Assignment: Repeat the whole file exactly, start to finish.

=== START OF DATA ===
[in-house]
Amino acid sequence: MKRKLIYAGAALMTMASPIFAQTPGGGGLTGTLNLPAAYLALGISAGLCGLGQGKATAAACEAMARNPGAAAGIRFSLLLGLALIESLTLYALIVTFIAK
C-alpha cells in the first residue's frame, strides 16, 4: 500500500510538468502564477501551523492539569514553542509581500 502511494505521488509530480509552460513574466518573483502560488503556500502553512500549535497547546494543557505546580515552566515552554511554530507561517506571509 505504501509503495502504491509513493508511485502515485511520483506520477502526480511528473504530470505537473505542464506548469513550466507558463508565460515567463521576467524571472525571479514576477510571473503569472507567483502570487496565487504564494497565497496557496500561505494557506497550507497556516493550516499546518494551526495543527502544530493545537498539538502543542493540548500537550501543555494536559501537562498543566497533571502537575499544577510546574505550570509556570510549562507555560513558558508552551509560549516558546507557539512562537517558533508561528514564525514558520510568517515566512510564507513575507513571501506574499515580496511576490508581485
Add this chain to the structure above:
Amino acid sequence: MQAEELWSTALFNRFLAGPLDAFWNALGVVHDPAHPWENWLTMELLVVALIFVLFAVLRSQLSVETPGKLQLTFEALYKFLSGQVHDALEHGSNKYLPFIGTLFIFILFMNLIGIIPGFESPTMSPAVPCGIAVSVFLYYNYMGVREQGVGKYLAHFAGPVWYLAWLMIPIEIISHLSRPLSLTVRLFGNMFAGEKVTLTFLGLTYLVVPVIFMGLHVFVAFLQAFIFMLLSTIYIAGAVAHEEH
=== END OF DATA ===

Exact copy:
[in-house]
Amino acid sequence: MKRKLIYAGAALMTMASPIFAQTPGGGGLTGTLNLPAAYLALGISAGLCGLGQGKATAAACEAMARNPGAAAGIRFSLLLGLALIESLTLYALIVTFIAK
C-alpha cells in the first residue's frame, strides 16, 4: 500500500510538468502564477501551523492539569514553542509581500 502511494505521488509530480509552460513574466518573483502560488503556500502553512500549535497547546494543557505546580515552566515552554511554530507561517506571509 505504501509503495502504491509513493508511485502515485511520483506520477502526480511528473504530470505537473505542464506548469513550466507558463508565460515567463521576467524571472525571479514576477510571473503569472507567483502570487496565487504564494497565497496557496500561505494557506497550507497556516493550516499546518494551526495543527502544530493545537498539538502543542493540548500537550501543555494536559501537562498543566497533571502537575499544577510546574505550570509556570510549562507555560513558558508552551509560549516558546507557539512562537517558533508561528514564525514558520510568517515566512510564507513575507513571501506574499515580496511576490508581485
Add this chain to the structure above:
Amino acid sequence: MQAEELWSTALFNRFLAGPLDAFWNALGVVHDPAHPWENWLTMELLVVALIFVLFAVLRSQLSVETPGKLQLTFEALYKFLSGQVHDALEHGSNKYLPFIGTLFIFILFMNLIGIIPGFESPTMSPAVPCGIAVSVFLYYNYMGVREQGVGKYLAHFAGPVWYLAWLMIPIEIISHLSRPLSLTVRLFGNMFAGEKVTLTFLGLTYLVVPVIFMGLHVFVAFLQAFIFMLLSTIYIAGAVAHEEH